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DI Ray | Interview with Jamie Bamber (DCI Martyn Hunter)

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What attracted you to this series?

I knew Jed a little bit because we play golf at the same place in Richmond and have the same circle of friends, but I’d never worked with him, and then I got sent the DI Ray scripts out of the blue via my agent. I was immediately drawn in by the sociocultural, racial angle within a familiar cop show genre, and the character of Martyn is enigmatic enough to be interesting to play, with a nice arc through the series, which is what I look for. Obviously, the idea of working with a quality cast led by Parminder was enticing as well, and Jed’s name is synonymous with television success at the moment, so it’s exciting to be associated with that. Jed and I have formed a friendship since filming and he’s a great guy to work for.

Tell us more about Martyn

You meet Martyn at an awards ceremony where Rachita is receiving an award. He congratulates her, and then there’s a reveal that actually they’re in a relationship, which they’ve been trying to keep secret because of work politics. But he’s pretty keen to make it official and to let it be known that they are an item, so he proposes to her early on in the series. They are in the early stages of introducing each other to their families and coming out as a couple.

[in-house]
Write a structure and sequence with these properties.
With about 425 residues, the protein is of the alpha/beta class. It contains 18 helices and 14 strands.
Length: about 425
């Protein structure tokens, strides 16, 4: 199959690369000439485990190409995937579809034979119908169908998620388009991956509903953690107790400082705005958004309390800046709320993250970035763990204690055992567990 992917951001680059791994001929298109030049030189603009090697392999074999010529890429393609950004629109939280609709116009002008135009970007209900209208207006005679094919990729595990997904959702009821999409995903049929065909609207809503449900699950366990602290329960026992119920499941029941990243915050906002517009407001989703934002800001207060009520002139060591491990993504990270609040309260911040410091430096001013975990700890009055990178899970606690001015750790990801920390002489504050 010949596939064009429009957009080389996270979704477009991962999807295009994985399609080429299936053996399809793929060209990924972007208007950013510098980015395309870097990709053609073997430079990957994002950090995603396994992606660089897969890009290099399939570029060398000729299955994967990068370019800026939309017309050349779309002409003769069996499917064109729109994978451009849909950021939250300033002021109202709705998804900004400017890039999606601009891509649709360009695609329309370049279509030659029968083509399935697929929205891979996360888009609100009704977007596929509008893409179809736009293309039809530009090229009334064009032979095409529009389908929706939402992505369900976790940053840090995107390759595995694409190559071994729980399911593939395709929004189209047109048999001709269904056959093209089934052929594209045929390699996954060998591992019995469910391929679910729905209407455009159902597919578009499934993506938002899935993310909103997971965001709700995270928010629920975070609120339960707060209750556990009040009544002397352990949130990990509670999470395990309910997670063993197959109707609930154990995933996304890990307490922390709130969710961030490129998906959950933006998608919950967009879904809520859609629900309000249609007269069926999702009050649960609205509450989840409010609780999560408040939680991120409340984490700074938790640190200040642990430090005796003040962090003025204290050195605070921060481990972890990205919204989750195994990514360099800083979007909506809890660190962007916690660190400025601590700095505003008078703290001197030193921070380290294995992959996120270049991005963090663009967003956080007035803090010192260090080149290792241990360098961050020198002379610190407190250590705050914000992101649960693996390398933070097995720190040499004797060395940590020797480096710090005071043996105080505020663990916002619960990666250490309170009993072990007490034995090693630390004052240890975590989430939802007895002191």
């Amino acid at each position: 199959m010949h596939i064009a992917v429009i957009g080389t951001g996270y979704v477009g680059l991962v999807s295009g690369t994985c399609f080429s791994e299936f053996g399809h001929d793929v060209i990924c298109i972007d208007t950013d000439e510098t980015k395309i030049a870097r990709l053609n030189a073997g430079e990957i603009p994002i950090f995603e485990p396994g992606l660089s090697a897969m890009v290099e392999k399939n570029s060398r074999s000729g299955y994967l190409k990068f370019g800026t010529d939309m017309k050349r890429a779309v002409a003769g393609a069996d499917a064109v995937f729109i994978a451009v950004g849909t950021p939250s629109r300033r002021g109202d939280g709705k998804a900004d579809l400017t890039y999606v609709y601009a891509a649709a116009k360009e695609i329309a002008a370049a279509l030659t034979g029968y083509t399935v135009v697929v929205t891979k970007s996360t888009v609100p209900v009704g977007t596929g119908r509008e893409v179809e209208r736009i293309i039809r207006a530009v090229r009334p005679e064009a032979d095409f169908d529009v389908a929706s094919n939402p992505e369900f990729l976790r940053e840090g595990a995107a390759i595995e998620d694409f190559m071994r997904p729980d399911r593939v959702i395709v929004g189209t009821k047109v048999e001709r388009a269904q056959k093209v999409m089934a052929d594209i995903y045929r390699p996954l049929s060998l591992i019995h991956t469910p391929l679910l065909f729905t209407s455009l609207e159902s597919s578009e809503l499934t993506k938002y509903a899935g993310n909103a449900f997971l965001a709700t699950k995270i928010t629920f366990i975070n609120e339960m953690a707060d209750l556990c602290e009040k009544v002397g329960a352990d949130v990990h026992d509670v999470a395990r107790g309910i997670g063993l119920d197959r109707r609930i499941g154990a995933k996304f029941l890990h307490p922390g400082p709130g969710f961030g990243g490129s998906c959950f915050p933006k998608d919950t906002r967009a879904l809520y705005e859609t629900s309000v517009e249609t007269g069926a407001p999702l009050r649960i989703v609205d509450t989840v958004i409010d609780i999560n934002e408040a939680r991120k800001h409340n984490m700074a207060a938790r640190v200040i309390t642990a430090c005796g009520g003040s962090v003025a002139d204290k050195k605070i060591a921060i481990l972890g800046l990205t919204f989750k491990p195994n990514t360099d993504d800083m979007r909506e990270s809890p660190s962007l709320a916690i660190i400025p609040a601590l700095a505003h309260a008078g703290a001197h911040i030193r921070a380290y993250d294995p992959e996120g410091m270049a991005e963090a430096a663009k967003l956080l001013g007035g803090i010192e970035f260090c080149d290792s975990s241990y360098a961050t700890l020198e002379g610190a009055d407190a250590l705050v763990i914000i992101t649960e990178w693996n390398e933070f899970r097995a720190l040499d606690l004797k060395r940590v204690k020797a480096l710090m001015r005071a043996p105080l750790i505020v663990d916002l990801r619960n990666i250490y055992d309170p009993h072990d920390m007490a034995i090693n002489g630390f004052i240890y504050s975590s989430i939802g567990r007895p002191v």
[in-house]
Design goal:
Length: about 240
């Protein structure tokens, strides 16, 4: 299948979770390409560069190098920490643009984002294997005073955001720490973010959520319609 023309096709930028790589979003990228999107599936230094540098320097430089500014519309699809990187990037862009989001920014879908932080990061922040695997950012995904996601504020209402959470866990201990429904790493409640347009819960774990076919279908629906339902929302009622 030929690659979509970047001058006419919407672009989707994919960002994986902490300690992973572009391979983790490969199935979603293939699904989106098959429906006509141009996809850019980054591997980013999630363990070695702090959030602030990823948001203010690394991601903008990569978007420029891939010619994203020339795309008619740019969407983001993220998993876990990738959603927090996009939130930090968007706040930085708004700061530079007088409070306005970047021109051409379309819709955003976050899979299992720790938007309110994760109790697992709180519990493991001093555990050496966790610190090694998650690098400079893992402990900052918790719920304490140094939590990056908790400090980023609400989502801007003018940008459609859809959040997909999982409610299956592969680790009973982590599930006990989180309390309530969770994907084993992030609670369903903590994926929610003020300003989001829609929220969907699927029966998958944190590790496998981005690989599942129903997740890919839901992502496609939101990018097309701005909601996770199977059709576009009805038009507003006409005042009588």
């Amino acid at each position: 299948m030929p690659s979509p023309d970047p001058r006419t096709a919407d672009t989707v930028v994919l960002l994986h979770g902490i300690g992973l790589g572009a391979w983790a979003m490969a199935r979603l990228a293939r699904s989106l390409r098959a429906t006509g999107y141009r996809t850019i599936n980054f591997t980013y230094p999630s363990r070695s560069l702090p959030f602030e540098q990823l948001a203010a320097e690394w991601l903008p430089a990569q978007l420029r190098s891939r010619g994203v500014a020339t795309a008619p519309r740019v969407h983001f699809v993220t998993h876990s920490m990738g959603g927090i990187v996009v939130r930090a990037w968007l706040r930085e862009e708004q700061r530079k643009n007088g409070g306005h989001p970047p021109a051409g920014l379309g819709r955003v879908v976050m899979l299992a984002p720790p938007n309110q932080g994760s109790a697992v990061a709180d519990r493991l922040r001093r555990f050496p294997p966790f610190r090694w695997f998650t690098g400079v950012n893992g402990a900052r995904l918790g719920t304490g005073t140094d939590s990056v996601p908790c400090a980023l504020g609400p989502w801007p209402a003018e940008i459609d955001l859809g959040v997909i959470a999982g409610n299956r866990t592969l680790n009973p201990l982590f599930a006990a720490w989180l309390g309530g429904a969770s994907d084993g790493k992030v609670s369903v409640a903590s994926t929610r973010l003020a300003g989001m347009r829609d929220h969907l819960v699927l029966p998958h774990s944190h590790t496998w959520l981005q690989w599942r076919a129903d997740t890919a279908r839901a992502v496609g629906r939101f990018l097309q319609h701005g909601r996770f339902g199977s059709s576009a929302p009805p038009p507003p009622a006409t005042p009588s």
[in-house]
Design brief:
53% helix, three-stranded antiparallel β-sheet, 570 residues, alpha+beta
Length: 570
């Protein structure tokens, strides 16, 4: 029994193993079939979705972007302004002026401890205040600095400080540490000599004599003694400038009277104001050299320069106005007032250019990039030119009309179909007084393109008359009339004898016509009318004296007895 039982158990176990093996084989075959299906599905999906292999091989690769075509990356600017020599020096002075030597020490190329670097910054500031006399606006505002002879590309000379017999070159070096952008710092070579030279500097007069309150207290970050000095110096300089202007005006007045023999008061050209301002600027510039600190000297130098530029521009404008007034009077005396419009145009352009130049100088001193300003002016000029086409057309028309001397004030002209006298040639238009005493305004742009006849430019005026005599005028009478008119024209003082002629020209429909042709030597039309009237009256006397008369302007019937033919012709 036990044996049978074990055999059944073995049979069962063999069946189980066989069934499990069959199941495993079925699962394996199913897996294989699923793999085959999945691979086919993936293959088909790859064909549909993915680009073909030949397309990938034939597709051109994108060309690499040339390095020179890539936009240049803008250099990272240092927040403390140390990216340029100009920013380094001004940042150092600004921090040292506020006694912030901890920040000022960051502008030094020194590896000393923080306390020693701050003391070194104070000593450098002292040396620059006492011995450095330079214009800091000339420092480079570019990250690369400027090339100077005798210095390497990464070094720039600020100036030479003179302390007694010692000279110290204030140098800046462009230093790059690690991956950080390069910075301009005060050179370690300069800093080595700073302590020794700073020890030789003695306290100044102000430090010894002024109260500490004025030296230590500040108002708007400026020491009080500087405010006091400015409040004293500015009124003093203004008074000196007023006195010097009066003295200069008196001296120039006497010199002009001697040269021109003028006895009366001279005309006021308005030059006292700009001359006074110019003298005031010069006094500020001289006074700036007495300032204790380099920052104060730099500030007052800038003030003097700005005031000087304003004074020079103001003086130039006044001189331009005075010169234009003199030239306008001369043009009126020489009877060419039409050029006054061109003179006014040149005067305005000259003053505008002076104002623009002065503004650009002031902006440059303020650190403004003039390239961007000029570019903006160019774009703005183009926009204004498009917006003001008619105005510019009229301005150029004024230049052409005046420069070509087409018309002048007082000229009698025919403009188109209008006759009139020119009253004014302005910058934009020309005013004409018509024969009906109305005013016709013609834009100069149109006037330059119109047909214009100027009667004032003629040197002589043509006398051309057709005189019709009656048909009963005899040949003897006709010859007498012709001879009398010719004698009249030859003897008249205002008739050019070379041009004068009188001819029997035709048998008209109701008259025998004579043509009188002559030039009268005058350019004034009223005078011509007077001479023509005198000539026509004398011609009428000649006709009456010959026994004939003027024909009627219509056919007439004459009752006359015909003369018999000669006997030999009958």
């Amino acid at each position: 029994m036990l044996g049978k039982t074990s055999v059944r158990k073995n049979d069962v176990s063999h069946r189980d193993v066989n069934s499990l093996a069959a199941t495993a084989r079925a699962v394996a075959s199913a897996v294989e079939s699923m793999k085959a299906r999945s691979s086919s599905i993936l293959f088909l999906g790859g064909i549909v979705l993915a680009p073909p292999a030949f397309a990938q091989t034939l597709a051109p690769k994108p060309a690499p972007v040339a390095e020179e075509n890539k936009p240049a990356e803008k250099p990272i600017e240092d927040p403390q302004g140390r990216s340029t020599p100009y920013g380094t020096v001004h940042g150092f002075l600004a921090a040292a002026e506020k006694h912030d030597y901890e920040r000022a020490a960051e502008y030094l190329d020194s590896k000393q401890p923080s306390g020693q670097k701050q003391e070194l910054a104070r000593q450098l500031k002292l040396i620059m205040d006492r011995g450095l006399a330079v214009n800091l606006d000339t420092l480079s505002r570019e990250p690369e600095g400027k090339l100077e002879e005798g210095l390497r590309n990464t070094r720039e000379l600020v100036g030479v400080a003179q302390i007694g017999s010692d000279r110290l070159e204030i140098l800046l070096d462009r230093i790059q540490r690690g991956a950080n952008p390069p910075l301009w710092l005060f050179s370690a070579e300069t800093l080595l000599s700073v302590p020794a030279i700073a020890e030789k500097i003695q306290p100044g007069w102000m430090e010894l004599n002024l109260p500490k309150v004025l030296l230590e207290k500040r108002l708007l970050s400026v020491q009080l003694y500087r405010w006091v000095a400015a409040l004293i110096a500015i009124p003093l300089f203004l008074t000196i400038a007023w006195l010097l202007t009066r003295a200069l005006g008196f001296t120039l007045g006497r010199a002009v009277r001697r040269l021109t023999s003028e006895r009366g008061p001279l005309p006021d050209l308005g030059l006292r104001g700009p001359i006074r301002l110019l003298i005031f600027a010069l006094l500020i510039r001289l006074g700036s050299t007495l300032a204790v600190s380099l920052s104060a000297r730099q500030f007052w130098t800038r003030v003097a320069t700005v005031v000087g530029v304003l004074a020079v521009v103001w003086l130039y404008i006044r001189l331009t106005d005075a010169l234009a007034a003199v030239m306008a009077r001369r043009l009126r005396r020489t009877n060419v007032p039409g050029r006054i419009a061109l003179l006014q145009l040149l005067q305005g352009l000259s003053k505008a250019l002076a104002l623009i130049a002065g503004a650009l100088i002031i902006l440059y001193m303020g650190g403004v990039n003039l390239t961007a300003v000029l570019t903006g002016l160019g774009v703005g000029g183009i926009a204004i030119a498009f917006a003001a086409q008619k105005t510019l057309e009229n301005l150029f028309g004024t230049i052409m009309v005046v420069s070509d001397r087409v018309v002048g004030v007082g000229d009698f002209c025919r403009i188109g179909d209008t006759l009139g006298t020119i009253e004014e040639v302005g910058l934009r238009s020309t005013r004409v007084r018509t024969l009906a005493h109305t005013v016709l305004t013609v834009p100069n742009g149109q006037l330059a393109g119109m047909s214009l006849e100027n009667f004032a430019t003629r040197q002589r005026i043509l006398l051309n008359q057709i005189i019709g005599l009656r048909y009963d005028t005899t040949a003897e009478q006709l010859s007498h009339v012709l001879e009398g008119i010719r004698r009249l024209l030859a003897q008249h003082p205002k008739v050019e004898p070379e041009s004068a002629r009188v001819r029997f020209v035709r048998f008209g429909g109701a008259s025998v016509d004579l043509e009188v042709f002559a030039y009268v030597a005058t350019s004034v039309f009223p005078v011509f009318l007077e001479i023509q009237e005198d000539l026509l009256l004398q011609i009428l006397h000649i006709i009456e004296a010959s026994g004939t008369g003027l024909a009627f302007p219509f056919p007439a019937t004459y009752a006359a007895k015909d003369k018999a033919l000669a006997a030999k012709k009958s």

Martyn is very supportive of Rachita. At the start of the series, she’s in a difficult transitional moment where she’s been promoted and she’s nervous. She is launched straight into a suspected “culturally sensitive homicide” case where it is assumed that her South Asian heritage is going to be important. She immediately has a feeling that she’s been thrown into the deep end, and the case isn’t what it seems. Martyn is a sounding board for Rachita and he tries to help steer her. He’s a senior officer of high rank so she looks up to him professionally, but they are equals in terms of their relationship at home. It’s a mature and healthy relationship.

How healthy is their relationship, given how secretive they are about each other?

Well, it may seem dodgy that they’ve kept the relationship quiet, but they’re trying to stay professional in a workplace environment. It’s pretty tricky to juggle a professional and a personal relationship, so they’ve been quite wary.

Work issues do take their toll. Inevitably, when your partner is a senior police officer, and you’re having issues with your direct boss, you can’t help but bring that home and gradually Martyn can’t help but be more involved with the case, just because of the personal toll it’s taking on Rachita. The case is also putting her in harm’s way, and he tries to protect her and encourages her to take a step back. In his eyes, he’s got her best interests at heart, but maybe in hers there’s something a bit patronising about it.

The drama deals with Rachita’s struggles with identity and racism – does that factor into their relationship at all?